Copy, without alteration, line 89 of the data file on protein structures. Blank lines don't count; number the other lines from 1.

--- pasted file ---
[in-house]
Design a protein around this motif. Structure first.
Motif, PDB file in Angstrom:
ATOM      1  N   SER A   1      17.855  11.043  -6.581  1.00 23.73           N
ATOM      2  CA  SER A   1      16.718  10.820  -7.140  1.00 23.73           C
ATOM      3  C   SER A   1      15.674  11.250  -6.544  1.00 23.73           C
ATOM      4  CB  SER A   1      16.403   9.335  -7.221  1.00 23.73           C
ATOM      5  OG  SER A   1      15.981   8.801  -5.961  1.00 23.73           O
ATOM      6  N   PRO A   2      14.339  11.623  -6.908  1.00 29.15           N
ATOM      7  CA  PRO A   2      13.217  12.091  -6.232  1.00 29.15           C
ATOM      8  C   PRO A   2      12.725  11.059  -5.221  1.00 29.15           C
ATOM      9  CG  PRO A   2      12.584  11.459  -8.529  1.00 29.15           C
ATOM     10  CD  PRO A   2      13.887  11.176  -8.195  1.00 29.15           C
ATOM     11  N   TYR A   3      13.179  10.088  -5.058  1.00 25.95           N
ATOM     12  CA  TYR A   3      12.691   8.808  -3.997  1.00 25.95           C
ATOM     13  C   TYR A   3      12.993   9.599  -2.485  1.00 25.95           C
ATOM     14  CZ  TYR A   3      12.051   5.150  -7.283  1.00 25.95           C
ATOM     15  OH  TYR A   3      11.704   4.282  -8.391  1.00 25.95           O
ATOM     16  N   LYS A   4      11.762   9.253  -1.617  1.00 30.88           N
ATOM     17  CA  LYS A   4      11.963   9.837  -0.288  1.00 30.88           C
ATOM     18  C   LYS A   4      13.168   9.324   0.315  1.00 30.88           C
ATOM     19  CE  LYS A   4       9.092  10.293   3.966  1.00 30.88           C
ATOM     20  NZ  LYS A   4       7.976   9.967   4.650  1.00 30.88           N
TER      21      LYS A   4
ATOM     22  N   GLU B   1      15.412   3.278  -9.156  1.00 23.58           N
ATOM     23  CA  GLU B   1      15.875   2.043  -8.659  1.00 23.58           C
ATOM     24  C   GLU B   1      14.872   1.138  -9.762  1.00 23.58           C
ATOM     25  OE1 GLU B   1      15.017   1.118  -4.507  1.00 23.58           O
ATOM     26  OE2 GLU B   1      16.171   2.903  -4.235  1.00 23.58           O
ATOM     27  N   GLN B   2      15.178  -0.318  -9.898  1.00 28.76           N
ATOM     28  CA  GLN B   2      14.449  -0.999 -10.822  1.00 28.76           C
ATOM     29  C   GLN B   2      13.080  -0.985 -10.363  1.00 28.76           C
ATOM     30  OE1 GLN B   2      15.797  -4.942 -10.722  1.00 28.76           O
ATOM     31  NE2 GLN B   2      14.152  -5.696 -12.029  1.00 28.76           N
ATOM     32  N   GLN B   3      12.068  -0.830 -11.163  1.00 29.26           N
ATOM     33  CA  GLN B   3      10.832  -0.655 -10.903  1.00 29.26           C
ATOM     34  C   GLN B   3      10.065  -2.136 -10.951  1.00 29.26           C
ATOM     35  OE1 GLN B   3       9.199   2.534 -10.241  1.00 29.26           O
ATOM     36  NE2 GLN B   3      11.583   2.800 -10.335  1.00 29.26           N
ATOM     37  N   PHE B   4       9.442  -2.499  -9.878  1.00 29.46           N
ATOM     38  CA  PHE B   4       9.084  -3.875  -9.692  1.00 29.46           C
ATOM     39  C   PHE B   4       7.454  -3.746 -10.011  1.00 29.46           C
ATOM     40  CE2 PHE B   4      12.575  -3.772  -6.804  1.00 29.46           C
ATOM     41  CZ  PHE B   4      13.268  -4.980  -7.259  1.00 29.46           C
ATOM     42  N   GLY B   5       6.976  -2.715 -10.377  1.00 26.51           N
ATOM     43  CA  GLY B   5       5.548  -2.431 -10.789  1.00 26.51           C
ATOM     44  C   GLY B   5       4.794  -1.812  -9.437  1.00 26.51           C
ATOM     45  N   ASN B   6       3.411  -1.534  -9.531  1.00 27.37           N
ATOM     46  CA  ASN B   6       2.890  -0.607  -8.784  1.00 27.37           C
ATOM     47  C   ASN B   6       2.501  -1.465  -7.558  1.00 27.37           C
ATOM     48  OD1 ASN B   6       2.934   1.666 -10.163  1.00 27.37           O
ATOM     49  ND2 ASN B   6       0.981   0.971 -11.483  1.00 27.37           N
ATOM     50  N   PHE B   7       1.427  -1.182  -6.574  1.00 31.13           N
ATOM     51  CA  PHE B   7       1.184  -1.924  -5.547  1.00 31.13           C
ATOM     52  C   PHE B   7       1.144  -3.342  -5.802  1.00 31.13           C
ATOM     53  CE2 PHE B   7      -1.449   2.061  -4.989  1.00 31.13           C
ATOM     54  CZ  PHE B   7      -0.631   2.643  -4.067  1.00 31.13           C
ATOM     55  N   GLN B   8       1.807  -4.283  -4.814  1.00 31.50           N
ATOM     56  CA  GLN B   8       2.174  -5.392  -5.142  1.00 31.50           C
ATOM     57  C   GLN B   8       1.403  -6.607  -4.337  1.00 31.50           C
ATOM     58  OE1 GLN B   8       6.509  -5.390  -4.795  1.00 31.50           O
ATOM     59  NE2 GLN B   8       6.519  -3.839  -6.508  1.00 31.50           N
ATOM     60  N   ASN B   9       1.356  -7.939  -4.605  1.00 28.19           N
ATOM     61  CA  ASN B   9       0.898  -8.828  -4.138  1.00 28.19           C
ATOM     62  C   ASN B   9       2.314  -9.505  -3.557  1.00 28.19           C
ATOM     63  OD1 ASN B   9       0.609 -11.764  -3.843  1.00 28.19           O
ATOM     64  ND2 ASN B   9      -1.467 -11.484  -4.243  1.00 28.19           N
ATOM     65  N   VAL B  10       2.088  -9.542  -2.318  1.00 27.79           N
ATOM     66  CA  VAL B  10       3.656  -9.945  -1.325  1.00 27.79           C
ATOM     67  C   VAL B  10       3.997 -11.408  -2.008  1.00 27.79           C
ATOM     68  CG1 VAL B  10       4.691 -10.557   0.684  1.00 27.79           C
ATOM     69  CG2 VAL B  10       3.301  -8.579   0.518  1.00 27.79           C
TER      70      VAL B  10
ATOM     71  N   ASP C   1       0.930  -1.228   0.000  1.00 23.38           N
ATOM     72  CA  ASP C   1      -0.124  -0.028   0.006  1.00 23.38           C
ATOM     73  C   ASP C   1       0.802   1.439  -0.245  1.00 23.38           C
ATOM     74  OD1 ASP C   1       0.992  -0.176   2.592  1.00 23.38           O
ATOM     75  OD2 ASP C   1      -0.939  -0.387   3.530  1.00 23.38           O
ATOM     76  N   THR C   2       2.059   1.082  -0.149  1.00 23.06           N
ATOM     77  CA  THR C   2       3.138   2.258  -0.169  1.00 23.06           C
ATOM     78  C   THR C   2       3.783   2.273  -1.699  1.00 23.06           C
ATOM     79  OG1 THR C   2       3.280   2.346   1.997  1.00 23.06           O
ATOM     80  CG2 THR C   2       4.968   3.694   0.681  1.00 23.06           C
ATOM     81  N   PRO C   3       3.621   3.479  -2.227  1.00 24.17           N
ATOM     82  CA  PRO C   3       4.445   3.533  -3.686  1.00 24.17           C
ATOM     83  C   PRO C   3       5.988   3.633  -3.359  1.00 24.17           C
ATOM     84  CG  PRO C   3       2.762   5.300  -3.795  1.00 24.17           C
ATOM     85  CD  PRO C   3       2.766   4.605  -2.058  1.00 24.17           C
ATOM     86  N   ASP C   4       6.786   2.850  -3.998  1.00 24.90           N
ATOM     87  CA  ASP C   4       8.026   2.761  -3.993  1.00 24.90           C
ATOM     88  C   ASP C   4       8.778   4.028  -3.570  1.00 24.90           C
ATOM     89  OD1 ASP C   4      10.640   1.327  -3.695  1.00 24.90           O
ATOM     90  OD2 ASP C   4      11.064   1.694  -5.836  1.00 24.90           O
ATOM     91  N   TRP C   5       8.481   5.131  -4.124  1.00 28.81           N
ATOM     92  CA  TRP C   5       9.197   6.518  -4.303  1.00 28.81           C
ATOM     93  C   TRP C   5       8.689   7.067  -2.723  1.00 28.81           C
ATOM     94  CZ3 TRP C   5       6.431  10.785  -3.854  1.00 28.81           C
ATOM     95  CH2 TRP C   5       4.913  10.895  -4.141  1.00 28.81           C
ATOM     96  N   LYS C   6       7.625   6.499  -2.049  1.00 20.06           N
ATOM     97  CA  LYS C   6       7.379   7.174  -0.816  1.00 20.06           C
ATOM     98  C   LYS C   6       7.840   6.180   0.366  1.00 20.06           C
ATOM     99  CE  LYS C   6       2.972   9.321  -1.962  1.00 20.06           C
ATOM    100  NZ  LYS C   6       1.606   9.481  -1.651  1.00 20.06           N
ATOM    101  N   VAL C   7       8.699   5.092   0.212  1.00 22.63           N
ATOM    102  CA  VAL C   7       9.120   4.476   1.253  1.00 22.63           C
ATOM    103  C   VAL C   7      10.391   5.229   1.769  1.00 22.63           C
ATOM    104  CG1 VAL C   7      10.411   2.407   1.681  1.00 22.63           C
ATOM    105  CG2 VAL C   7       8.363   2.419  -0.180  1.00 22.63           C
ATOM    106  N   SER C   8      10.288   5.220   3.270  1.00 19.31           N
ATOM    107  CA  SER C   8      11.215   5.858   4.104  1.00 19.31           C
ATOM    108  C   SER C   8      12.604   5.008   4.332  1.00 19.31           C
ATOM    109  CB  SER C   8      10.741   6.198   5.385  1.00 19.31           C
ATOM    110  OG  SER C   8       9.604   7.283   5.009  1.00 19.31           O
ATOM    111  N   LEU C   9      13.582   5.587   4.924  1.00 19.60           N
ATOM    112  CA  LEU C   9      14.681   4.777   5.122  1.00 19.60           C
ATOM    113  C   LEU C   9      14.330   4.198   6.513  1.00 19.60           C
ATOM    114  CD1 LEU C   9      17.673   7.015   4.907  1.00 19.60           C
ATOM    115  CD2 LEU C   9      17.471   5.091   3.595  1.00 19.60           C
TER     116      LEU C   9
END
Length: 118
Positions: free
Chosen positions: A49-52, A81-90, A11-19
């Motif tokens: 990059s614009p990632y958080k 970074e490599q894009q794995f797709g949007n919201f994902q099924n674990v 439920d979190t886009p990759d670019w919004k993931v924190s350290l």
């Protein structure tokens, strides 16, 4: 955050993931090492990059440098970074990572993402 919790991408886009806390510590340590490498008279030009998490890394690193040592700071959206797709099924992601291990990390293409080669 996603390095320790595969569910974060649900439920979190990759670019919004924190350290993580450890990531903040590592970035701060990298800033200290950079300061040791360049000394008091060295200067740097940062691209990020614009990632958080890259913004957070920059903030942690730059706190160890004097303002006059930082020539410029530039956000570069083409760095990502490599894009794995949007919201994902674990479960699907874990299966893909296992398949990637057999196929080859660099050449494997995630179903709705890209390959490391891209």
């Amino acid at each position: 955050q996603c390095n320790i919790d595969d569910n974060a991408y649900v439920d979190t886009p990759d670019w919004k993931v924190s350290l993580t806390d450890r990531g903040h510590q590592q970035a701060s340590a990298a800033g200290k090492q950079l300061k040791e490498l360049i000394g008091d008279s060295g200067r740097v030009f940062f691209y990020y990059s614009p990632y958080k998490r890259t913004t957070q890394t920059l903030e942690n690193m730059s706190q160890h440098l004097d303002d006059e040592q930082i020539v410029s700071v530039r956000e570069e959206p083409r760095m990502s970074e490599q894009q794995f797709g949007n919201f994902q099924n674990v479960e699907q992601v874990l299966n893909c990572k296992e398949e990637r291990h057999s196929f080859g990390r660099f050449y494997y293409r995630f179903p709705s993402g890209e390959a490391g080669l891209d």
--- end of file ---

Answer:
ATOM     86  N   ASP C   4       6.786   2.850  -3.998  1.00 24.90           N